The Flexible Work Debate: New Way of Working vs. Old Way of Thinking

Marissa Mayer left Google to tackle what ailed Yahoo. And this week she took on … telecommuting.

Yahoos were pleased with the new iPhones and free food from the new boss – a Google-icious touch. But, depending on the speaker, this “bold,” “outrageous,” or “1950s” decree eliminating work from home has stirred up comment, incredulity and outrage from coast to coast.

Beneath the visceral reactions, I see three important issues:

  • Telecommuting is progressing from a questionable practice toward an unquestioned entitlement.
  • Its supply or denial seems increasingly based on personal need rather than business imperative.
  • Many successful organizations reject telecommuting as a productivity tool – and Ms. Mayer thrived in one at Google.

A trend toward a new conventional wisdom?

For the record, I am a longtime flexible schedule consultant and advocate. I cut my teeth managing my first flexible workplace 40 years ago in Silicon Valley.

I support offsite work and have run an all-remote consulting firm for a dozen years. But, I only practice what I see as business-beneficial flexibility.

Yahoo is not a high-profile flex firm. But like hundreds of employers, it has apparently joined the trend of allowing employees to work partly or fully offsite.

There may be strong business reasons for having done this: reducing office costs, hiring remote stars, retaining great talent, reducing carbon footprint, enhancing productivity.

Or not. For all any of us know, Yahoo may have simply joined a trend toward a new conventional wisdom.

A new focus on the business at Yahoo

As recently as a decade ago, another conventional wisdom reigned. In it, most managers thought telecommuting was an unwise gamble. Wouldn’t “work at home” really mean watching Oprah, doing the laundry and being AWOL from all that flowed from the water cooler?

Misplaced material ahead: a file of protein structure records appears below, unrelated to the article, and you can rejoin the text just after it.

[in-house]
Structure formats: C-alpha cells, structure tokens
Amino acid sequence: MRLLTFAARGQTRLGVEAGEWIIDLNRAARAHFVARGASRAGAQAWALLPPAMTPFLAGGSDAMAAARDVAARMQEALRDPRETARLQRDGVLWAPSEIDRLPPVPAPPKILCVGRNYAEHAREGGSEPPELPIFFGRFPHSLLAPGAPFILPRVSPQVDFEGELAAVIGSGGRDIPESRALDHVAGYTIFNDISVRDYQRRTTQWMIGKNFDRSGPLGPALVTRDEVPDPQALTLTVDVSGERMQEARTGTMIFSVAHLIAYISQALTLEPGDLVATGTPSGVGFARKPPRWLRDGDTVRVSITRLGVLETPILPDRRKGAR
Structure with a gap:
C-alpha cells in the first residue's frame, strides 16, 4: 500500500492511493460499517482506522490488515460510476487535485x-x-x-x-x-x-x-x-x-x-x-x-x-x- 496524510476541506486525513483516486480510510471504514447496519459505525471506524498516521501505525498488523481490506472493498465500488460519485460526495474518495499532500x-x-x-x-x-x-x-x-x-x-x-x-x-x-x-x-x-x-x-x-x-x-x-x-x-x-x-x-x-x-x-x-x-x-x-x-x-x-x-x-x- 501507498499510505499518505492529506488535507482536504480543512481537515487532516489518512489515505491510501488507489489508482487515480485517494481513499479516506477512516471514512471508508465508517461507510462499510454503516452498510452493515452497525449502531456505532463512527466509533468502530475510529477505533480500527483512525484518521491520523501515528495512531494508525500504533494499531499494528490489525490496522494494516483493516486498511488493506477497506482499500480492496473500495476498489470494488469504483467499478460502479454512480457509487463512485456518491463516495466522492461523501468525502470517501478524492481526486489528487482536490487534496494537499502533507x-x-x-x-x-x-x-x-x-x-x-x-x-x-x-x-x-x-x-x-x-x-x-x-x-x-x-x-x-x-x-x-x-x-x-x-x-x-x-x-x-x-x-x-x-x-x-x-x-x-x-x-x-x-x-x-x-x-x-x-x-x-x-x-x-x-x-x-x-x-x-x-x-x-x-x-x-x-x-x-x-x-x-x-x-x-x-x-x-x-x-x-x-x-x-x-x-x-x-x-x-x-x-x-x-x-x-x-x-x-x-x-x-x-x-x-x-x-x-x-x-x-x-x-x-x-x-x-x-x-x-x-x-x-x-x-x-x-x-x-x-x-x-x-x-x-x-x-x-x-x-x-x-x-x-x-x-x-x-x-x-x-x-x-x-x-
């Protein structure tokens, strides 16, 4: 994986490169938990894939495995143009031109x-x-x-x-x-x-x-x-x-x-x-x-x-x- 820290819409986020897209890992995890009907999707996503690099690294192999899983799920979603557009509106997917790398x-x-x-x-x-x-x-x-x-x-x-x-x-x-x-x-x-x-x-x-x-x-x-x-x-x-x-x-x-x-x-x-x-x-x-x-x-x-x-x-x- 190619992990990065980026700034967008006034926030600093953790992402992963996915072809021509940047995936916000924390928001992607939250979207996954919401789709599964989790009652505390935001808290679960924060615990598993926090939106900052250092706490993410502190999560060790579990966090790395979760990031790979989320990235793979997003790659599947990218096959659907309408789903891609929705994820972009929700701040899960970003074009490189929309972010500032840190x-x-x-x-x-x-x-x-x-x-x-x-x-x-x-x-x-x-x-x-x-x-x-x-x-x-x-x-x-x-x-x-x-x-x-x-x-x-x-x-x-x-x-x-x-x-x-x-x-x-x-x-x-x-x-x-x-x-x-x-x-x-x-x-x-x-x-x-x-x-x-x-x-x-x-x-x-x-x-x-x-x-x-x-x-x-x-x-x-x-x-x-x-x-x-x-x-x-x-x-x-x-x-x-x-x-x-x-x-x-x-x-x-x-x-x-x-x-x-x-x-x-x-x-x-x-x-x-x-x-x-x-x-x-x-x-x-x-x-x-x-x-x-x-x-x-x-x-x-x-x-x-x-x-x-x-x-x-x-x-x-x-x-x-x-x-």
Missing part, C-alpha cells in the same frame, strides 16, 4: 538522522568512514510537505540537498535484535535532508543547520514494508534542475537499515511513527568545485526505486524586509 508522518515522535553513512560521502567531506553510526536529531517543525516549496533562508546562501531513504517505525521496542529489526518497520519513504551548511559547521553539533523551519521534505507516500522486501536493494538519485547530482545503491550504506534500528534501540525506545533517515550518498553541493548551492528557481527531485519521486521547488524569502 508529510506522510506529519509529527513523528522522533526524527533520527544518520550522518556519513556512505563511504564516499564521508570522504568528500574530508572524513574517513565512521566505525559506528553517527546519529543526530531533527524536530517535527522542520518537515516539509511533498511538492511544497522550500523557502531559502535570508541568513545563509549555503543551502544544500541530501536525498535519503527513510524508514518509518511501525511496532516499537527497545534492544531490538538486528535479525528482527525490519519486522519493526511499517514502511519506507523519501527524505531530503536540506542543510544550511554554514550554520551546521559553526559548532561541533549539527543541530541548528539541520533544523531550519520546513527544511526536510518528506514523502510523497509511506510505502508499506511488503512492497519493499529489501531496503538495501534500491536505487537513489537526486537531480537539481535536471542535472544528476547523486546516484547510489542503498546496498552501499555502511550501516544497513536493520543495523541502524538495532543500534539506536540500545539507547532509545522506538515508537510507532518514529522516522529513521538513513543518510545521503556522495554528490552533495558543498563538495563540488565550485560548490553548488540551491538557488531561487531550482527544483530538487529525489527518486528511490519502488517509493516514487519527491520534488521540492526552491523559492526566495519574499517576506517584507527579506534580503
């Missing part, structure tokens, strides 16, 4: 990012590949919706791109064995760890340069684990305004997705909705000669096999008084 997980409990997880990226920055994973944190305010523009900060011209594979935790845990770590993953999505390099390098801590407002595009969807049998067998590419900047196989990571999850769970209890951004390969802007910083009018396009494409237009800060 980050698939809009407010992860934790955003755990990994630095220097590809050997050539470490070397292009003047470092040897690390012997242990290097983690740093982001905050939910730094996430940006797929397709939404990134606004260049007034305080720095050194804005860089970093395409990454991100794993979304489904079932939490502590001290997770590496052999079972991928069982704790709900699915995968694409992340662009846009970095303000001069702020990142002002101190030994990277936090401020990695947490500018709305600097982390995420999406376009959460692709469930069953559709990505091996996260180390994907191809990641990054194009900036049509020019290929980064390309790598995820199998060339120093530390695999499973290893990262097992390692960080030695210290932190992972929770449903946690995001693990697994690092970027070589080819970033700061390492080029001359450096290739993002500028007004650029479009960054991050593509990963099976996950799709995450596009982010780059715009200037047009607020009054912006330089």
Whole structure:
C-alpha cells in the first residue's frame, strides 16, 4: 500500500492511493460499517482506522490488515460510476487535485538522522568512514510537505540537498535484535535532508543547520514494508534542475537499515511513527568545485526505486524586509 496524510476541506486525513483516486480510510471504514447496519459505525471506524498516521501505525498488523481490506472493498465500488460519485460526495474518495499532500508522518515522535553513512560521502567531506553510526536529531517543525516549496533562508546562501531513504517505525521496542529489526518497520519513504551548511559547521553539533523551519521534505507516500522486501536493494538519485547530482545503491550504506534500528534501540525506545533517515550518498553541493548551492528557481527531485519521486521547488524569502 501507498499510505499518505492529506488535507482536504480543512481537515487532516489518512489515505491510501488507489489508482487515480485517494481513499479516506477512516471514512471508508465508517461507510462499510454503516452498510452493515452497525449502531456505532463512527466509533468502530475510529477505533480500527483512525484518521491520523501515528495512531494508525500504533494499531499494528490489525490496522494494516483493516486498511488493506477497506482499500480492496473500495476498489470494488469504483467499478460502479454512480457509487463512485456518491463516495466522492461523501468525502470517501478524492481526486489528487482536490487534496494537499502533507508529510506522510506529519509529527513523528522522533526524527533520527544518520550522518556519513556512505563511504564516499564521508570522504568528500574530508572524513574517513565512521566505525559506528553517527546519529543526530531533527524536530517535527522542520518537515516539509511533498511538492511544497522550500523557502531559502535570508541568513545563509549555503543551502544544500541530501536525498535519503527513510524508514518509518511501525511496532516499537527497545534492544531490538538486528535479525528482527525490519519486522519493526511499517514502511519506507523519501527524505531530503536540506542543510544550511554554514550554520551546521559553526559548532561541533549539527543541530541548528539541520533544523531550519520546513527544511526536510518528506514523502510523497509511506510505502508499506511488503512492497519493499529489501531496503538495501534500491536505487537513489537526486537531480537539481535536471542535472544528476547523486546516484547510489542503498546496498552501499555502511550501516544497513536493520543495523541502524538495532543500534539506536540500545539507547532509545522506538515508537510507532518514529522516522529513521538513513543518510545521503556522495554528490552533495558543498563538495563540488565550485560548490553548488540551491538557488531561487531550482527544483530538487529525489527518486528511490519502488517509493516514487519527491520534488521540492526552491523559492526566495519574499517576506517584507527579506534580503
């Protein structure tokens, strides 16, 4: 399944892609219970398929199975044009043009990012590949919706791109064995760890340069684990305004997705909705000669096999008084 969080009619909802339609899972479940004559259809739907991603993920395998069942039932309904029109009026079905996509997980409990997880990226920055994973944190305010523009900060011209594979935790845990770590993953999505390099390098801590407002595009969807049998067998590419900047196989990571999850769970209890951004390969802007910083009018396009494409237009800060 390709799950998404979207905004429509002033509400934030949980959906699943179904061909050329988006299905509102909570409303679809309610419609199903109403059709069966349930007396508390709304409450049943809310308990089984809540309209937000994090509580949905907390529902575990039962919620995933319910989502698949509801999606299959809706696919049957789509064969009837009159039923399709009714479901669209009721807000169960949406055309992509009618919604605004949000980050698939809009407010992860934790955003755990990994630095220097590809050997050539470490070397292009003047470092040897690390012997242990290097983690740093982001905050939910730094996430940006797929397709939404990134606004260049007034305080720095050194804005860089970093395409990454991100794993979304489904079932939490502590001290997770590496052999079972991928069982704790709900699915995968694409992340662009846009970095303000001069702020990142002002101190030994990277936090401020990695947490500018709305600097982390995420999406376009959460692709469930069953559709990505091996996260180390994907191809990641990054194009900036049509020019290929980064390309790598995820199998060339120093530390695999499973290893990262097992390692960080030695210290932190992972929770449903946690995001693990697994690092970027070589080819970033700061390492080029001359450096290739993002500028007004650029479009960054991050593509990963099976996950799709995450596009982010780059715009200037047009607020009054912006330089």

Yahoo CEO Marissa Mayer
Yahoo CEO Marissa Mayer

Judging from today’s blog, Twitter, news and talk show outpouring, there is a new conventional wisdom. In it, Marissa Mayer has done the unthinkable. According to various complaints, she is a new mom who is denying women the right to work at home with their families; she has broken agreements that people took for granted; she is swimming upstream, trying to bring back “the old GM” model.

Bogus or not, she grounds her actions in a vision of the best way for Yahoo to do business. According to the smoking Yahoo memo: “To become the absolute best place to work, communication and collaboration will be important, so we need to be working side-by-side. That is why it is critical that we are all present in our offices.”

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Most intriguing to me is a simple difference: the old conventional wisdom and the new Yahoo memo focus on the business — being productive, collaborative, accessible and innovative.

Flexibility: More of a perk than a business driver?

I believe one can work remotely and achieve these outcomes. The criticisms of Marissa Meyer the last 24 hours focus largely on the personal impact, the disruption, the inconvenience, the retro nature of it all. But who speaks for the business?

To survive, to thrive, to grow, flexible work needs to enable collaboration and to deliver concrete business gains along with employee satisfaction. Perhaps Yahoo’s approach delivered these things and the new sheriff either swept them aside or ranked other values more highly. More likely, flexibility was seen as a “perk” and not an essential business driver.

The greater truth in this dust-up may lie in a simple fact: Marissa Mayer matured as a manager and achieved stunning success at Google – a company noted for its celebration of long hours of collaboration in the office and no great passion for offsite work. Is she likely to adopt a wildly different organizational model? I doubt it.

Google has built an immensely successful and powerful business and organizational model. No matter how business-beneficial, productive and collaborative a flexible model may be, it could face tough going at Yahoo and Google.

But nothing less than a robust form of offsite work is likely to prevail and to assure offsite workers in other companies that new ways of working can overcome old ways of thinking.

Paul Rupert has collaborated with colleagues, clients and business leaders to embed flexibility in the workplace for the past 40 years. His consulting firm, Washington, DC-based Rupert & Company, has provided dozens of major employers with innovative strategies, training and online tools to build the flexibility the market will bear. Paul has played a leading role in developing flexibility systems in companies ranging from Aetna and AOL to Wal-Mart and Xerox, and is the architect of the Co Scheduling approach. Contact him at paulrupertdc@cs.com.

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